Of the 2,300 Americans polled by YouGov, 80% of baby boomers and 91% of the elderly agree with the statement that “communism was and still is a problem” in the world today. Millennials?  Only 55%.

The insanity continues with many millennials believing that President George W. Bush killed more people than Stalin.   Incredibly, Stalin was known as “The butcher of Ukraine” to many Russians who actually know the history of the 20th century.

What an indictment of our educational system. What are we teaching our young people about an ideology that killed millions of people in the 20th century?

It is also further proof that our schools are too caught up in political correctness, or even moral equivalency. It is one thing to teach history, such as the Soviet revolution or Mao’s Long March or the Cuban Missile Crisis, but it’s quite another to compare Lenin to George Washington.

In other words, there are good and bad guys in history. And there is nothing wrong with millennials hearing that we are the good guys and the communists are not. It is our absence to say these things that has a bunch of millennials confused about the real history.

My mother, who came here from Cuba with my late father, is furious to hear that millennials are so ignorant.   She has offered to tutor them for free with real human stories about communism.

P.S. You can listen to my show (Canto Talk) and follow me on Twitter.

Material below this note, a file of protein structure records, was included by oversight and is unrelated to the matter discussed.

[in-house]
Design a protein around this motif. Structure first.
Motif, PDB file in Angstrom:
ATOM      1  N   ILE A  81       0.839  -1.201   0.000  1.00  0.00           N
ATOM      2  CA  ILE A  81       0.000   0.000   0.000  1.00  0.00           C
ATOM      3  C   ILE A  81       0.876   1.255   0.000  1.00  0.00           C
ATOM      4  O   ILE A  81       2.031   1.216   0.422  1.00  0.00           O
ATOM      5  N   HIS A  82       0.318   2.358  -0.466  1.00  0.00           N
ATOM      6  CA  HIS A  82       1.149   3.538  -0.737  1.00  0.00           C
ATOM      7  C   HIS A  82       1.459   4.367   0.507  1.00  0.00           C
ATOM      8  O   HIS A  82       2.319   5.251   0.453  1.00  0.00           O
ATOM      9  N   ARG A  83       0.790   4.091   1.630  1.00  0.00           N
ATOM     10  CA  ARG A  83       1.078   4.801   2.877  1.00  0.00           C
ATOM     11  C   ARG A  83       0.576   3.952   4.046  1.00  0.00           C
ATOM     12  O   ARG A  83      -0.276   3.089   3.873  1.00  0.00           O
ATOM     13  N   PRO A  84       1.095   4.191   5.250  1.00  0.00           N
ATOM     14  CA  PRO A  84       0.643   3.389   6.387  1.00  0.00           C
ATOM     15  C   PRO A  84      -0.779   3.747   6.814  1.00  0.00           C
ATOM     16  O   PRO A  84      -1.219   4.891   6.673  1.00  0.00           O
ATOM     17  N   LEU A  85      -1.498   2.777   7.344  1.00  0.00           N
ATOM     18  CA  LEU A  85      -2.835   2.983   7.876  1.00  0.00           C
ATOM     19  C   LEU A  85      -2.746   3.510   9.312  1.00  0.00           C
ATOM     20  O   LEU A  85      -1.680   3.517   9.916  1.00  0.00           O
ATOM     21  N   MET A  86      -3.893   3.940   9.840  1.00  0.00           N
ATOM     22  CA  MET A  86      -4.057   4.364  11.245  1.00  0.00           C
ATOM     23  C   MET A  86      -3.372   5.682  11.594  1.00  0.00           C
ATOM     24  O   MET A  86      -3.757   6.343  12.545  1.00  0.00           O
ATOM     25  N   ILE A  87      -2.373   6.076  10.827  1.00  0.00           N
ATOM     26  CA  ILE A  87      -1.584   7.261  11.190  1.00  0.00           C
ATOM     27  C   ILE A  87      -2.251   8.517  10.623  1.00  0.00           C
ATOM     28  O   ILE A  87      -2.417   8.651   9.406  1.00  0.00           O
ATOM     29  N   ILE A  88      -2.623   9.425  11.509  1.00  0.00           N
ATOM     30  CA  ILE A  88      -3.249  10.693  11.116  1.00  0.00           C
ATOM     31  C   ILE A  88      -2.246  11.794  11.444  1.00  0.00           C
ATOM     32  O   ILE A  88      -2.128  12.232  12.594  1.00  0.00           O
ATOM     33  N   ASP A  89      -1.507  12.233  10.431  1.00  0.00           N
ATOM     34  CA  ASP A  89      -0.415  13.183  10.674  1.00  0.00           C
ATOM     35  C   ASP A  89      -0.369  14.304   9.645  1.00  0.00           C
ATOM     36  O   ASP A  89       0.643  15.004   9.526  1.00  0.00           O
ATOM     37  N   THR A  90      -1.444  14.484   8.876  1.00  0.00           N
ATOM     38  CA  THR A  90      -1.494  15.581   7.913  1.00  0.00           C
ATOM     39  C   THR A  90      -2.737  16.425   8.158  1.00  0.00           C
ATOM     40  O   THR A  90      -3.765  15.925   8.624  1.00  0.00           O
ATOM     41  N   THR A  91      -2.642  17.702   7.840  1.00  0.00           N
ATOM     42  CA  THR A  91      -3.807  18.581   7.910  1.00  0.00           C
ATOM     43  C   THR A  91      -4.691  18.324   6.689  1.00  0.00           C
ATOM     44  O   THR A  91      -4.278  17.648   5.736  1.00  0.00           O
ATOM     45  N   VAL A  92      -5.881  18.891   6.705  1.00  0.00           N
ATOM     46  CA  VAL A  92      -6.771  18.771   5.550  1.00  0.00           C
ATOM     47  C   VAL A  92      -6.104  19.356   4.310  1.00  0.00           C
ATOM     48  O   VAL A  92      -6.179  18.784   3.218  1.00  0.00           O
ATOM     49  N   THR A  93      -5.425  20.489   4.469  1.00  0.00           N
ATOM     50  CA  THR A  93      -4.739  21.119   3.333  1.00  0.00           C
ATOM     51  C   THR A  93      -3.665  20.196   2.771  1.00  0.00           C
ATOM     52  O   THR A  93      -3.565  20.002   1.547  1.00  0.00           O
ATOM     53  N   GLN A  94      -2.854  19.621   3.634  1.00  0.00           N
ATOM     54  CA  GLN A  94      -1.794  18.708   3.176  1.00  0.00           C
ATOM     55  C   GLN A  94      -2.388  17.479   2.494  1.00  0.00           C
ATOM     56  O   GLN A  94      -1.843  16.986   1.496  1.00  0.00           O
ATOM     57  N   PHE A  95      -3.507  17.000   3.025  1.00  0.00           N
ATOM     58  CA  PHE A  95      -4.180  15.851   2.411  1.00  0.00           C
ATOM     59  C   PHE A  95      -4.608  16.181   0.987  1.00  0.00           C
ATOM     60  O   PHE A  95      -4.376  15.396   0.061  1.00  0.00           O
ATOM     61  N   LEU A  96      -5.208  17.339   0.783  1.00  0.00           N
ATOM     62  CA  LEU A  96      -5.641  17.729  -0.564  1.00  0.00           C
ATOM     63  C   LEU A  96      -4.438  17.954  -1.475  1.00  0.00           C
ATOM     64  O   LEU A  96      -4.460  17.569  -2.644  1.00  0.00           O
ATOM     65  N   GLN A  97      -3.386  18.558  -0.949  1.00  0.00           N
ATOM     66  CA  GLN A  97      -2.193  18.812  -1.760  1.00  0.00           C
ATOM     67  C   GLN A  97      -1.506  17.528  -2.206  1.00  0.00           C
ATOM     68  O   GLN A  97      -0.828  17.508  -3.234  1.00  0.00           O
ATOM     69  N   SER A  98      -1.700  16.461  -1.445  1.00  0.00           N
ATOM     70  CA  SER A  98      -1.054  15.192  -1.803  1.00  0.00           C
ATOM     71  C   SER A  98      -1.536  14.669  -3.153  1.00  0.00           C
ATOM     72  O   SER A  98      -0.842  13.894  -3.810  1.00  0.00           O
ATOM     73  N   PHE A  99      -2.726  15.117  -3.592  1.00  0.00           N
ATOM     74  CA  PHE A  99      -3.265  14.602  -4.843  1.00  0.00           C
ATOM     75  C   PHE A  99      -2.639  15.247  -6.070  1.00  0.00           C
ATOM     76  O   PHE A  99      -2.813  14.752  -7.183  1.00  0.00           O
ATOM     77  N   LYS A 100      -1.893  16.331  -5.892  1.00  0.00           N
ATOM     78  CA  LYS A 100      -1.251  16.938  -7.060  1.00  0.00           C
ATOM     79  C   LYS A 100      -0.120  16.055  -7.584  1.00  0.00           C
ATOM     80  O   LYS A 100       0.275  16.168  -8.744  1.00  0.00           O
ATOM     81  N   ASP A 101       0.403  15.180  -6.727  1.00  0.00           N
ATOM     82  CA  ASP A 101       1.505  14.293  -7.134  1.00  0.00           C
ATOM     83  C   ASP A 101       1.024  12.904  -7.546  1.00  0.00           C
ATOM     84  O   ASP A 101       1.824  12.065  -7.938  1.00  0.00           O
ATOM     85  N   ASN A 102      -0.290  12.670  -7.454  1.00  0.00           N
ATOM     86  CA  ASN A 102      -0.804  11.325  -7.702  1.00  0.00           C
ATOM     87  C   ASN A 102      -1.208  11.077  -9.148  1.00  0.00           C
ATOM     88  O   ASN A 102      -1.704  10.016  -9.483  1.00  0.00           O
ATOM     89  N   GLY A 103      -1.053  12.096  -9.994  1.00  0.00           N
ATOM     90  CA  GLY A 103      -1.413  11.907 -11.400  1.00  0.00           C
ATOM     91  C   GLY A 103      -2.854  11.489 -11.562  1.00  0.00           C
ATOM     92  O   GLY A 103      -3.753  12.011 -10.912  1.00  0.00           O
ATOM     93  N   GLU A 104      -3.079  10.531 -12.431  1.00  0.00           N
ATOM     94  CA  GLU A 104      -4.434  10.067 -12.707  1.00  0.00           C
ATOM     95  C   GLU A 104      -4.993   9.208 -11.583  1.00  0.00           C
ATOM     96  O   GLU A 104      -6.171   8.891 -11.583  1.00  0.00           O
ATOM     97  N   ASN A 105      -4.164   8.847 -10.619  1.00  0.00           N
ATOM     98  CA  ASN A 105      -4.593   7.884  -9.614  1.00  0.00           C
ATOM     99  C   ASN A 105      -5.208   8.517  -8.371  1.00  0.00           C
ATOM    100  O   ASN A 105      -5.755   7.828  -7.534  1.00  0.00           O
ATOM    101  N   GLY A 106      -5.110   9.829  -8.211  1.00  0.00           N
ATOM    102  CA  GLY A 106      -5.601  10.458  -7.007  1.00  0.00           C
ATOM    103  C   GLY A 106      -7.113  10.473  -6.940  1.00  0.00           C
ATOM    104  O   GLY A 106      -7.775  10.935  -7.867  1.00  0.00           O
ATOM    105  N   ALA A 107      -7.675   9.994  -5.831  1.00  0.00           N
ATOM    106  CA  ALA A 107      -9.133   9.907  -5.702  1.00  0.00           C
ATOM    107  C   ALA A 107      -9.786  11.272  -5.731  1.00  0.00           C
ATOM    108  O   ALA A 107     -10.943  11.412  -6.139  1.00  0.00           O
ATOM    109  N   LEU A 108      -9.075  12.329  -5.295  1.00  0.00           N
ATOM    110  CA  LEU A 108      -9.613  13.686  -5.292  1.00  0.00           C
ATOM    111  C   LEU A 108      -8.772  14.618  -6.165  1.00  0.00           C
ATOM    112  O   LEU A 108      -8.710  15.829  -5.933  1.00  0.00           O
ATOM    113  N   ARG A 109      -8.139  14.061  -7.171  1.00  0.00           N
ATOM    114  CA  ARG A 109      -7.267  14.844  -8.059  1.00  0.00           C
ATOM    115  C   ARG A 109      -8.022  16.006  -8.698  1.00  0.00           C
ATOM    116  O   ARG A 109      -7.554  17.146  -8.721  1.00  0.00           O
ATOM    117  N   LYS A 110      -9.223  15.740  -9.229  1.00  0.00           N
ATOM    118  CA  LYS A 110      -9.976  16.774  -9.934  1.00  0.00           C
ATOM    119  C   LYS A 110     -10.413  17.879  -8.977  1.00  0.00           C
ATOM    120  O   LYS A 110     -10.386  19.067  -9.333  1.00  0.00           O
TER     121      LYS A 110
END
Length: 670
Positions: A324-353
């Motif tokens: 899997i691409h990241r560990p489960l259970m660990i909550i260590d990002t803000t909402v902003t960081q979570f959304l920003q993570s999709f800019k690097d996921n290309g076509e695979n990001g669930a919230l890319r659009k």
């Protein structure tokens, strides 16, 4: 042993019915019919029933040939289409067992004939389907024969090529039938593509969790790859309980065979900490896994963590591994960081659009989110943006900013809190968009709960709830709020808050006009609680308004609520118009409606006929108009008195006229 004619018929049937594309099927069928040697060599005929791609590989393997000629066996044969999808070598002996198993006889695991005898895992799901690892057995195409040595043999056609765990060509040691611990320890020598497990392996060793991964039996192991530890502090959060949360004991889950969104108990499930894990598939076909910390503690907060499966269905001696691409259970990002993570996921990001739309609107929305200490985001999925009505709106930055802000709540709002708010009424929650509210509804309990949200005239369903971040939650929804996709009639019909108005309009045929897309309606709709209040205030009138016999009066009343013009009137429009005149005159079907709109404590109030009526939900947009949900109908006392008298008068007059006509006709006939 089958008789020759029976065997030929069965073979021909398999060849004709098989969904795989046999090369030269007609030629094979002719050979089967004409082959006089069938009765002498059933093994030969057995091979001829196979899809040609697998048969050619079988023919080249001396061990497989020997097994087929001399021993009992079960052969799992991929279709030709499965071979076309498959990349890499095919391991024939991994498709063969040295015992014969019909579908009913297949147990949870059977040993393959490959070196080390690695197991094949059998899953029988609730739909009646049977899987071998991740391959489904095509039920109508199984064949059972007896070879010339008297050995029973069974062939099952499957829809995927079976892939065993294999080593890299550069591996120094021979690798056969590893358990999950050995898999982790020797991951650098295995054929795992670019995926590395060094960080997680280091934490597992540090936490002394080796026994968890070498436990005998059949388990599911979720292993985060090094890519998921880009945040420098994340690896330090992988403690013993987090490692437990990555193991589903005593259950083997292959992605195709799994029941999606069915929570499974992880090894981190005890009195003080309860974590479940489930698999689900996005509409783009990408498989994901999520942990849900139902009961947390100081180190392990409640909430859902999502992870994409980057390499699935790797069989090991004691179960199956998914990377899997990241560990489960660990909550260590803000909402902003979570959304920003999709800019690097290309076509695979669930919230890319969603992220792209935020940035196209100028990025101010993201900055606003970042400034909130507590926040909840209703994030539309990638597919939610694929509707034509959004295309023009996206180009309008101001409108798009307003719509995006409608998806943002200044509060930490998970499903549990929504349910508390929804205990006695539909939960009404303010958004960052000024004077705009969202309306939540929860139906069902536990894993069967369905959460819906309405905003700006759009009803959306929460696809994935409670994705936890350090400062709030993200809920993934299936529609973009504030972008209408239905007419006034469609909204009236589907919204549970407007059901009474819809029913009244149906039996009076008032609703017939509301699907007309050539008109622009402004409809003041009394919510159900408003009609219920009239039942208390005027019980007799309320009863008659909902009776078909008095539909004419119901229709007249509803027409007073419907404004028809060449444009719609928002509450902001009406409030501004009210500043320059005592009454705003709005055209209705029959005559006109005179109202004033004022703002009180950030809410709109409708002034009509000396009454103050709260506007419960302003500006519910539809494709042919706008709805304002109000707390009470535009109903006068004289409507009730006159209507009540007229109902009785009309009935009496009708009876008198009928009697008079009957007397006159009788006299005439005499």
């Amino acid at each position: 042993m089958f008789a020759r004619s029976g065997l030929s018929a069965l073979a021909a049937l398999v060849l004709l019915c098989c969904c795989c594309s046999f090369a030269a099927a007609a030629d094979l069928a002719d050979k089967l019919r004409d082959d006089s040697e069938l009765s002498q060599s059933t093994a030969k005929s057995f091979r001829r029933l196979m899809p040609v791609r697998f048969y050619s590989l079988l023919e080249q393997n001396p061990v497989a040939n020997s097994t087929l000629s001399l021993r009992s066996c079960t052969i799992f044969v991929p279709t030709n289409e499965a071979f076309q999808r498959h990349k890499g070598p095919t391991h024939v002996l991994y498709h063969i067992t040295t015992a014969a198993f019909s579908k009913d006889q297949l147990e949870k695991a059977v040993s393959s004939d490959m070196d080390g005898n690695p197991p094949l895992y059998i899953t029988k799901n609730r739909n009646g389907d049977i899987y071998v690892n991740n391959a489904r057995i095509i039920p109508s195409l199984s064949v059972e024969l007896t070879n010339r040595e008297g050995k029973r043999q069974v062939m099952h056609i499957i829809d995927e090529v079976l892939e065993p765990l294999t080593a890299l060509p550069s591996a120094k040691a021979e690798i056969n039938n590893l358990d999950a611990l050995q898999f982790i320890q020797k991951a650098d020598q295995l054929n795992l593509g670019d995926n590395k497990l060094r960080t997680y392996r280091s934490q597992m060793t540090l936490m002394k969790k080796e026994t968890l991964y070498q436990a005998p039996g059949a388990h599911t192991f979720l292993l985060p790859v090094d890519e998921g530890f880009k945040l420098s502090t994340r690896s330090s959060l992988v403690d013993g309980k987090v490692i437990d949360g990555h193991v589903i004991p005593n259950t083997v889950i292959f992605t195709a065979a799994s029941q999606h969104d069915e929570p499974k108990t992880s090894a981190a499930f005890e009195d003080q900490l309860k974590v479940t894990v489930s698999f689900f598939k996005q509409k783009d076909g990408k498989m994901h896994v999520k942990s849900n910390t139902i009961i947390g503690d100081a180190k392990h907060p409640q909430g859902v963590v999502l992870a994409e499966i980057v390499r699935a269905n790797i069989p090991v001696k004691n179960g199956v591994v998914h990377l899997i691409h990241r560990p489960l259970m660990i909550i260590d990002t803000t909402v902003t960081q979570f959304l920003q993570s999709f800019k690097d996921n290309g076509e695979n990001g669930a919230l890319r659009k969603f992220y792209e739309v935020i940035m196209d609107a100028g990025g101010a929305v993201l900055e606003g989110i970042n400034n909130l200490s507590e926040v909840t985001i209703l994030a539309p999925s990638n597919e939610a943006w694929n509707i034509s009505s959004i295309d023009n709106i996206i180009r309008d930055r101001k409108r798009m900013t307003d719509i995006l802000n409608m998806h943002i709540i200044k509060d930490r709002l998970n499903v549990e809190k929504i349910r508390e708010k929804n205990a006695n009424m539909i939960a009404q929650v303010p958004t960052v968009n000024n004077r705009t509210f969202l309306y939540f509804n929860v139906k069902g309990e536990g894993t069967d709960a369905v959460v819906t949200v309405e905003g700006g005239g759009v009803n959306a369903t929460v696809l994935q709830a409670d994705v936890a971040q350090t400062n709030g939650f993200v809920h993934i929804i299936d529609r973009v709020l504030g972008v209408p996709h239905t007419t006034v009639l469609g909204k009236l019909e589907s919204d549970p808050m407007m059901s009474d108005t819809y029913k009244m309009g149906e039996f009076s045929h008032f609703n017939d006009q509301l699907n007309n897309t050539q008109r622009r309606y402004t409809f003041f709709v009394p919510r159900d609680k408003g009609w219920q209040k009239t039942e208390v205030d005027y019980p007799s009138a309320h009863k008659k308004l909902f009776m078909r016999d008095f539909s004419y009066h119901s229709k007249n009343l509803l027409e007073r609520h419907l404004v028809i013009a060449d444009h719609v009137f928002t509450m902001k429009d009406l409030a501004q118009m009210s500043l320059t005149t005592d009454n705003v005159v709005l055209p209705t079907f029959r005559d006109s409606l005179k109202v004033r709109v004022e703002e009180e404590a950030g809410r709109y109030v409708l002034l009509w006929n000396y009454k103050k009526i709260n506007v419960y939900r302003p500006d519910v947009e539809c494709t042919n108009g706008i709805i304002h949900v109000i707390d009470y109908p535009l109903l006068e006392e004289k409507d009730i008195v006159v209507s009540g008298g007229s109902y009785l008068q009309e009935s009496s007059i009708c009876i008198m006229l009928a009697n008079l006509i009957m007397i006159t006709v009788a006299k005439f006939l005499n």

A nice birthday gift if you can get it



And the hits just keep on coming, as those Top 40 jingles used to tell us.

We learned that President Clinton was given a wonderful birthday gift years ago:

According to the newly released WikiLeaks emails, Bill Clinton, the husband of then Secretary of State Hillary Clinton, received a birthday present from the Islamic country of Qatar in 2011 of $1 million.

“[Qatar] Would like to see WJC ‘for five minutes’ in NYC, to present $1 million check that Qatar promised for WJC’s birthday in 2011,” Ami Desai, director of foreign policy for the Clinton Foundation, wrote in 2012.

Let’s assume that Qatar was just giving the former president a birthday gift. In other words, let’s assume further that the wonderful people of Qatar just wanted to show their support for the former president and all of the wonderful things that he did for the world.

Or maybe his assistance in bringing the World Cup?

My question is this: do we want former presidents getting birthday gifts of this size? More importantly, do we want an ex-president, married to the current Secretary of State and future candidate for president, to be getting a gift like this? And shouldn’t gifts like these be made public? Did President Obama know that such a gift was made? Did that check go into a joint account or some account that benefits Mrs. Clinton as well?